market  structure.  Therefore,  the  new  winners  of  this  story  will  also  be  different.  We  remain  believers  in investing   themes   such   as   branded   franchises,   manufacturing   outsourcing,   consumption   enablers, beneficiaries  of  changing  technology  trends,  and  innovation  led  growth.  We  also  expect  a  revival  in  the
investment  cycle  driven  by  infrastructure  spending  followed  by  private  capex  at  a  later  stage.  We  are confident  that  our  incessant  focus  on  research  driven  investing  allows  us  to  focus  on  separating  these strands to bet on the right businesses and management that would enable us to identify these opportunities
early enough to ride the entire wave.

The pressure is mounting on the Reserve Bank to soften its stance on monetary policy given the better-than -expected CPI reading, fall in global commodity prices particularly crude oil, poor credit growth and weaker manufacturing  data.  The  government  has  been  showing  a  commitment  of  doing  its  bit  through  marginal increase  in  minimum  support  prices,  cut  in  diesel  prices,  pushing  direct  benefit  transfers  (DBT)  and announcing fiscal austerity measures to keep deficit under check.  The new government has stuck to giving low  Minimum  Support  Price  (MSP)  hikes  and  keeping  freebies  in check.  As  against  the 7%  and 9%  average MSP  hikes  for the  last 5  and  10-year  respectively, the  government  has  announced  a  minimal  4%  MSP  hike this year. This augurs well for containing food inflation and subsidies.  
Bond yields and swap levels have declined sharply with expectations of the RBI stance undergoing a change. The  benchmark  10-year  bond  yield  has  fallen  to  a  level  of  8.25%,  lowest  since  September  2013.  The  yield curve  has  flattened  substantially  with  long  term  bonds  performing  far  better.  Foreign  investors  have pumped  in  a  record  $  22  billion  in  Indian  bonds  this  year.  With  their  limits  for  sovereign  bonds  getting exhausted, demand for corporate bonds has gone up resulting in credit spreads contracting to record lows. The global deflationary environment as reflected in ultra-low bond yields in the rest of the world has led to aggressive  bidding  by  foreign  investors.  India  offers  a  high  carry  with  expectations  of  relatively  stable currency and a positive turn in the monetary policy cycle.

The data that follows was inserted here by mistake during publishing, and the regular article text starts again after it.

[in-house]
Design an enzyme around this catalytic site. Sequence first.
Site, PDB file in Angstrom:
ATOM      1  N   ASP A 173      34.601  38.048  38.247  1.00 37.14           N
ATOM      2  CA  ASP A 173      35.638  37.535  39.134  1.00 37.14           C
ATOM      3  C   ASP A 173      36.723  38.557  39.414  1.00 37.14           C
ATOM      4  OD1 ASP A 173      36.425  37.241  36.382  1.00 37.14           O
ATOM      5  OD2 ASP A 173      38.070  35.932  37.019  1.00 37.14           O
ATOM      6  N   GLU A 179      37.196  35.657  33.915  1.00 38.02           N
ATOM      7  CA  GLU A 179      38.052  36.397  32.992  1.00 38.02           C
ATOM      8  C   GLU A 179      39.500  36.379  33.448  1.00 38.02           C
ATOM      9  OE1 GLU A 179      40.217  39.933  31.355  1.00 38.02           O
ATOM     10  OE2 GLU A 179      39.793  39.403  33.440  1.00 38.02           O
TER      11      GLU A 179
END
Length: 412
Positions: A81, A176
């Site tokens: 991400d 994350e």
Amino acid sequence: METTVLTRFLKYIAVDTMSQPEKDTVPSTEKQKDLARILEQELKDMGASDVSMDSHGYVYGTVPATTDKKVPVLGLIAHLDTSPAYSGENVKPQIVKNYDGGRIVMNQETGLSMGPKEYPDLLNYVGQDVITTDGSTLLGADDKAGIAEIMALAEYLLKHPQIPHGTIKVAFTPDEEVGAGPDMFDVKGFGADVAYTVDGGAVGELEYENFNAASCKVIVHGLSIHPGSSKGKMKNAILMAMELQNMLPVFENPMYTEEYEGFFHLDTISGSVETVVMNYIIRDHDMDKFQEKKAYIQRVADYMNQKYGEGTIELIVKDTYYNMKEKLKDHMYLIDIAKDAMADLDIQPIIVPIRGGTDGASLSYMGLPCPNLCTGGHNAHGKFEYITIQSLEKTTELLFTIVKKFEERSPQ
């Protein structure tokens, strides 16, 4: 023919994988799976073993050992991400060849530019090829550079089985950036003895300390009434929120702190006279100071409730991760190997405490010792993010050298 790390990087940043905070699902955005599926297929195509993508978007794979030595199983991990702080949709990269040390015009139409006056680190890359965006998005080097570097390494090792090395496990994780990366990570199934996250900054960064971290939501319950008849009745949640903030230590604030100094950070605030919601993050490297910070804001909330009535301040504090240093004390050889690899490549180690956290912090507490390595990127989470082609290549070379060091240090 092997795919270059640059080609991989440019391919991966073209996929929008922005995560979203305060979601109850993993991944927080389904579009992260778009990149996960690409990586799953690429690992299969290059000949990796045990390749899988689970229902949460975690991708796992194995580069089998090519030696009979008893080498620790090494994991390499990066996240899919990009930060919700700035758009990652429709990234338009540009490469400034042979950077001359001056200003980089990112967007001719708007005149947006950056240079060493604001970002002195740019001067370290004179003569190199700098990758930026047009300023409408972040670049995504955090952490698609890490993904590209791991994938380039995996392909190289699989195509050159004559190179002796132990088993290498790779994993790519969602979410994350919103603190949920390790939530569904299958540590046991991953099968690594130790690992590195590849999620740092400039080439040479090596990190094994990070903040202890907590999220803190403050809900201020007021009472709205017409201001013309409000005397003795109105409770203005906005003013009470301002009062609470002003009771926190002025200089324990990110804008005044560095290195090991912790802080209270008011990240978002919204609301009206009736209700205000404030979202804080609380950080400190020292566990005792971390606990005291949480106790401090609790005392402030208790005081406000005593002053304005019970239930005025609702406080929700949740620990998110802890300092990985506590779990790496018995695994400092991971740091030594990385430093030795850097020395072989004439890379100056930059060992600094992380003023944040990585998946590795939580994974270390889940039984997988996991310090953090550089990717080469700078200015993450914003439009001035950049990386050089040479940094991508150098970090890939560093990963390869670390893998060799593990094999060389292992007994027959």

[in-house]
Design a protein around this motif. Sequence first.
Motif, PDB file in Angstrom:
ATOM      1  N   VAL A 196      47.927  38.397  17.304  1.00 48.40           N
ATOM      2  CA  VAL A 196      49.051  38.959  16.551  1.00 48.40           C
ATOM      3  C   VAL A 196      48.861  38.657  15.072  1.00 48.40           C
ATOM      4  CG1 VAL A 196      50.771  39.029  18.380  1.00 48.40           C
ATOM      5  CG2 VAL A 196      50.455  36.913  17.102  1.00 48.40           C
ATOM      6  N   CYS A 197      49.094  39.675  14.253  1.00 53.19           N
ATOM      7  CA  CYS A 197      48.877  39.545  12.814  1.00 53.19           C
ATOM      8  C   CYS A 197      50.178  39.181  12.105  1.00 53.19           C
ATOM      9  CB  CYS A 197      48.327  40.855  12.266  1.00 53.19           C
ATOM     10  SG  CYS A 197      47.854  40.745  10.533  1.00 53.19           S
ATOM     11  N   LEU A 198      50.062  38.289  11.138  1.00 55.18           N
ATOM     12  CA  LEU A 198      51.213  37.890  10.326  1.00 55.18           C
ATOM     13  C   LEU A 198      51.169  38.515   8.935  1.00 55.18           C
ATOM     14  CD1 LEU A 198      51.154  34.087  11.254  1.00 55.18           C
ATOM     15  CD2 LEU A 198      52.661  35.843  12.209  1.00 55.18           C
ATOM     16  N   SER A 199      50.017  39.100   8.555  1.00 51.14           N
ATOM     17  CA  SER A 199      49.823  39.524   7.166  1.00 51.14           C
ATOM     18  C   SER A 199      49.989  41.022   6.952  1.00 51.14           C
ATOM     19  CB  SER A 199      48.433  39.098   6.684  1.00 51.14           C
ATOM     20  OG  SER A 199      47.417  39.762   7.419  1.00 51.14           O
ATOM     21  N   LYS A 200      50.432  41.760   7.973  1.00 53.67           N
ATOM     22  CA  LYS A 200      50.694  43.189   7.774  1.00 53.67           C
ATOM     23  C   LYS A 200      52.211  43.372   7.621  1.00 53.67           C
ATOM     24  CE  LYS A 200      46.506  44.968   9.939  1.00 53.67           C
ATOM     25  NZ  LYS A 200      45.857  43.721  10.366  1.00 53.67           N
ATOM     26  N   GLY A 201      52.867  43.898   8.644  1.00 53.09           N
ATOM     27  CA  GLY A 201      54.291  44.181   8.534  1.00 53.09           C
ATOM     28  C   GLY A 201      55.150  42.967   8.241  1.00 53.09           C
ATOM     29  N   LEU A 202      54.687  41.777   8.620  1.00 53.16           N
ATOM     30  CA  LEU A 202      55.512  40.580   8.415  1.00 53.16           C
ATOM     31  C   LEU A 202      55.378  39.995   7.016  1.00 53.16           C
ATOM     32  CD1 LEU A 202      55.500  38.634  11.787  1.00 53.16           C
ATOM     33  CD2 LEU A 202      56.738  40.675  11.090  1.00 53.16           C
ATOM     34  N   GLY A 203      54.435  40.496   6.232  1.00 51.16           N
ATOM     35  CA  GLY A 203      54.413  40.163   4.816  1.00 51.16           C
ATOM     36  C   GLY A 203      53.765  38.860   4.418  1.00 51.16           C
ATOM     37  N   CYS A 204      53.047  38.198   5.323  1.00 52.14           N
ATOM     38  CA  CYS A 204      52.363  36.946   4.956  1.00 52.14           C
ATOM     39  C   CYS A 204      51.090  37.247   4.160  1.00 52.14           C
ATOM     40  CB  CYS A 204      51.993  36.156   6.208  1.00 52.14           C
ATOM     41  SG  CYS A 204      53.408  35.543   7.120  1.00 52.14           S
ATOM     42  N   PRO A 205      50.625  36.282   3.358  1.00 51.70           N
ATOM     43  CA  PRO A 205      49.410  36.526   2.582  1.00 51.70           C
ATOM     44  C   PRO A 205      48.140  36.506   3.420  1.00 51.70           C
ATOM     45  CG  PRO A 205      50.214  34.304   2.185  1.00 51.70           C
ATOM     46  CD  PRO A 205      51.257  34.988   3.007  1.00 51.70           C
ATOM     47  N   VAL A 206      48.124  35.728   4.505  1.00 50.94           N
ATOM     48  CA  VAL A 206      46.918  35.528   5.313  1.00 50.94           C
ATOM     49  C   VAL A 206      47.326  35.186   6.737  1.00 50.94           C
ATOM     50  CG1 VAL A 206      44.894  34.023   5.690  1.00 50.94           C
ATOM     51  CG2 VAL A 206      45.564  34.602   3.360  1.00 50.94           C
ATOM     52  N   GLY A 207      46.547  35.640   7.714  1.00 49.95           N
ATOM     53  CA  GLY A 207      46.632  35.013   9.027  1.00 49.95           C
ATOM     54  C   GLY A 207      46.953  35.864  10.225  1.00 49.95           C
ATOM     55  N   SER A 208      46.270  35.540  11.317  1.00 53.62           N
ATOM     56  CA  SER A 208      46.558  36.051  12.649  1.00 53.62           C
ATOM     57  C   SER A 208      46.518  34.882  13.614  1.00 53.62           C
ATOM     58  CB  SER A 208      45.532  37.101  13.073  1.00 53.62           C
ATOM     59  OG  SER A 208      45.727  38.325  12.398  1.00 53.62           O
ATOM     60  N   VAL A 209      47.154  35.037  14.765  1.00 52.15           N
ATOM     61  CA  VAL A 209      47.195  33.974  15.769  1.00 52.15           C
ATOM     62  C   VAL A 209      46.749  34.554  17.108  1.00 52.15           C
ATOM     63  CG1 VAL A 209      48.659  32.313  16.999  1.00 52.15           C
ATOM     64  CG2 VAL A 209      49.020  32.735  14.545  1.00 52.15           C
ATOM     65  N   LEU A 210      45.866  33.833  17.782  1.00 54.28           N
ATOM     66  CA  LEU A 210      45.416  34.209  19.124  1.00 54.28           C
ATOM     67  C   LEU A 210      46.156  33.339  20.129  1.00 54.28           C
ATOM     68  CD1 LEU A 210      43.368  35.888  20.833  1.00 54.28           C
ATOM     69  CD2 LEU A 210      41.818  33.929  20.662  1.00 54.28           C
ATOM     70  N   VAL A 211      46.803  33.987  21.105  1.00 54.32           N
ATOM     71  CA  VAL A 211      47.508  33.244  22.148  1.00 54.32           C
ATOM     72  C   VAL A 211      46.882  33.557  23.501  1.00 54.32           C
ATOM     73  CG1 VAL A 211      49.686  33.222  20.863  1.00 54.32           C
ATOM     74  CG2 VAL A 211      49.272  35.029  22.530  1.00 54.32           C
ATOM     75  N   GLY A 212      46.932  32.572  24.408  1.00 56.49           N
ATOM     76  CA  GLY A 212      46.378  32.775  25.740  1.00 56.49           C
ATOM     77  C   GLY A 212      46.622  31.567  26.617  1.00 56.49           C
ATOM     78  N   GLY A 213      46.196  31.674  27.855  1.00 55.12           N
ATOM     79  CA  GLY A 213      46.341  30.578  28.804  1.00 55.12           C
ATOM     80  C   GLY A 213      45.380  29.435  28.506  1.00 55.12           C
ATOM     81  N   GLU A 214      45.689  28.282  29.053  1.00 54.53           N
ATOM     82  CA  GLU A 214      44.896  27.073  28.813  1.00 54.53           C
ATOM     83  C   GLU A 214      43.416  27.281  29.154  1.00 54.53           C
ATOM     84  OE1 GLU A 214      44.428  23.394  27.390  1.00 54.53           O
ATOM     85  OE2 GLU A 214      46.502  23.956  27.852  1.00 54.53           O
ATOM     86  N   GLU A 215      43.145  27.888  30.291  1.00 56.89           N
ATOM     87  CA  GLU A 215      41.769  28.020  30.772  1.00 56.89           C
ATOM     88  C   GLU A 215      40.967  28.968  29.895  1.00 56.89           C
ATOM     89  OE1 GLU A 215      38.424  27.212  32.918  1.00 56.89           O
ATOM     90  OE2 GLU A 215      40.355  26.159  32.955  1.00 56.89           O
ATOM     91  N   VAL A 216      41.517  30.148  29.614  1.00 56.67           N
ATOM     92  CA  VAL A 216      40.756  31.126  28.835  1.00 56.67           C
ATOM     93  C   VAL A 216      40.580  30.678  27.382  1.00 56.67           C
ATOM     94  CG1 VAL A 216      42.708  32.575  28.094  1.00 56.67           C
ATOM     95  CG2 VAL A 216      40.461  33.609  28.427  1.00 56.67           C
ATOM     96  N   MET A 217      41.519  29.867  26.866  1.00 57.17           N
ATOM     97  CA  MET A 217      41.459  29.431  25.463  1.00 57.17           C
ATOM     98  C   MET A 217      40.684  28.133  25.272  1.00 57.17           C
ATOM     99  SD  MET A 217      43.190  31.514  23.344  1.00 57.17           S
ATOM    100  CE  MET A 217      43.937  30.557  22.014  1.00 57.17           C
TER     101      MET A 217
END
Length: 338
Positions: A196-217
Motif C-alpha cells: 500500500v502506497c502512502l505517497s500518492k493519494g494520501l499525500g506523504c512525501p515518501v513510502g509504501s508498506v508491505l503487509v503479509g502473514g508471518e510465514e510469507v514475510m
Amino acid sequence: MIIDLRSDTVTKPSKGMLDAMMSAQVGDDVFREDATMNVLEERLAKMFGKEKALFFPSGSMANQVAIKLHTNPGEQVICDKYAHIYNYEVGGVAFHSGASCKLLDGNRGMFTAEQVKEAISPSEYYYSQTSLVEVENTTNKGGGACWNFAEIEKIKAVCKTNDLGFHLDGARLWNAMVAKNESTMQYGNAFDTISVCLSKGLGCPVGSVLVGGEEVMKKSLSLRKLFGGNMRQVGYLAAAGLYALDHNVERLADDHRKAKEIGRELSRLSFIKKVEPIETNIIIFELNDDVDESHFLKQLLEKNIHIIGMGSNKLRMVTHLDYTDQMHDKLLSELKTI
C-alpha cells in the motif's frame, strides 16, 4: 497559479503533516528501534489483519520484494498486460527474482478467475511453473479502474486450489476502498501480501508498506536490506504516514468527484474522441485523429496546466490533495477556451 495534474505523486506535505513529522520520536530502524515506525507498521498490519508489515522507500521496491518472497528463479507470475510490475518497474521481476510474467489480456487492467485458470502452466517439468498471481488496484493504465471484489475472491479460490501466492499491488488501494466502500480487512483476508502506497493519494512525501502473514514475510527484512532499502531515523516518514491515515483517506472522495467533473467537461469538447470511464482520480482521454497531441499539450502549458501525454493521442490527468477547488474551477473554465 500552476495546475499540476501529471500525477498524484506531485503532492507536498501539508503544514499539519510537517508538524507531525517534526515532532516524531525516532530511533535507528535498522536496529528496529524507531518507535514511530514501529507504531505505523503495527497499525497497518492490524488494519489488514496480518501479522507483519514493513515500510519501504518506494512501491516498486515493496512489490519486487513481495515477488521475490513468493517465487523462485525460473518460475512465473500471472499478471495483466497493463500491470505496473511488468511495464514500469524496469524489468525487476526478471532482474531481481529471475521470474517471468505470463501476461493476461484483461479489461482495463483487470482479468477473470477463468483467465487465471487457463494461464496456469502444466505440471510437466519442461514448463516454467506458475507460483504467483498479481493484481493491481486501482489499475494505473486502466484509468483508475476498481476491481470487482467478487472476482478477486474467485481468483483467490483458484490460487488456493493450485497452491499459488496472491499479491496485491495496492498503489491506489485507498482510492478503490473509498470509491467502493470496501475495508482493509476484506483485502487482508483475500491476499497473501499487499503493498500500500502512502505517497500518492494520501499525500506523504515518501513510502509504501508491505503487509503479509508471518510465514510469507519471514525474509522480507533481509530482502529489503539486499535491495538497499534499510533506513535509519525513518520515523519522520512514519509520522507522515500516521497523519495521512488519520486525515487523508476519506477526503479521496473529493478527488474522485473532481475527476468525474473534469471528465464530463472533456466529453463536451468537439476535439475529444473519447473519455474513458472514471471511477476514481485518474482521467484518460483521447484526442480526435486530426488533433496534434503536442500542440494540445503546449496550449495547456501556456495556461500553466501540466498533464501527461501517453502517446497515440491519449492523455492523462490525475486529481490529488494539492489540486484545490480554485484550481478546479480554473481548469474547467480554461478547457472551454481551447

Our view has been that it may be a while before RBI considers monetary easing in the backdrop of the new monetary policy framework. However, looking at the CPI data, the global environment, views expressed by members of monetary policy advisory panel and actions by the government as outlined above, possibility of RBI softening its stance has gone up. RBI has announced open market sales of government bonds to suck out
excess  liquidity  and  maybe  to  tame  the  rally;  however,  underlying  momentum  remains  bullish.  With  a subdued credit off-take and improved liquidity, banks’ demand for government securities is likely to remain healthy in the near term.  
We have increased duration through exposure to government bonds in our long term funds. We believe the G-Sec market offers better value relative to corporate bonds as credit spreads have tightened substantially. We  also  have  a  small  exposure  to  Inflation  Indexed  bonds  (IIB)  which  at  4%  real  yield  offers  good  value regardless of directional views on the trajectory of inflation.  
Navneet Munot

(Mutual funds investments are subject to market risks, read all scheme related documents carefully.)